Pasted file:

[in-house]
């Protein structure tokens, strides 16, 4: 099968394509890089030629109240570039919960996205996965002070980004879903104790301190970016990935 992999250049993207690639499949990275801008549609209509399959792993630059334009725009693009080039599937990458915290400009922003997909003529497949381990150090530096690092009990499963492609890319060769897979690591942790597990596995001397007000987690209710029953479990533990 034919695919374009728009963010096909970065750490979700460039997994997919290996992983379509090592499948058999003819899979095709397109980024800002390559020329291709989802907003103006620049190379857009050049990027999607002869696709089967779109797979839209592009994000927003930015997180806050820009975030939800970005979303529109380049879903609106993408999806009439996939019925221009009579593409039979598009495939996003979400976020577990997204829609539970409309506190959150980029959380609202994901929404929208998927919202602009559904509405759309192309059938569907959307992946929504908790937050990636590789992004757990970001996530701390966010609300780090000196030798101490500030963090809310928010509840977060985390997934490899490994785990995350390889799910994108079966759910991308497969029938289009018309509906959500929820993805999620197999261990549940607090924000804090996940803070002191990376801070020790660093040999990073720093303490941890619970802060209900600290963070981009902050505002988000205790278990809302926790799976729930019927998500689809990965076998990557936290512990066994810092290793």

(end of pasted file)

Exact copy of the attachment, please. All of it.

[in-house]
């Protein structure tokens, strides 16, 4: 099968394509890089030629109240570039919960996205996965002070980004879903104790301190970016990935 992999250049993207690639499949990275801008549609209509399959792993630059334009725009693009080039599937990458915290400009922003997909003529497949381990150090530096690092009990499963492609890319060769897979690591942790597990596995001397007000987690209710029953479990533990 034919695919374009728009963010096909970065750490979700460039997994997919290996992983379509090592499948058999003819899979095709397109980024800002390559020329291709989802907003103006620049190379857009050049990027999607002869696709089967779109797979839209592009994000927003930015997180806050820009975030939800970005979303529109380049879903609106993408999806009439996939019925221009009579593409039979598009495939996003979400976020577990997204829609539970409309506190959150980029959380609202994901929404929208998927919202602009559904509405759309192309059938569907959307992946929504908790937050990636590789992004757990970001996530701390966010609300780090000196030798101490500030963090809310928010509840977060985390997934490899490994785990995350390889799910994108079966759910991308497969029938289009018309509906959500929820993805999620197999261990549940607090924000804090996940803070002191990376801070020790660093040999990073720093303490941890619970802060209900600290963070981009902050505002988000205790278990809302926790799976729930019927998500689809990965076998990557936290512990066994810092290793």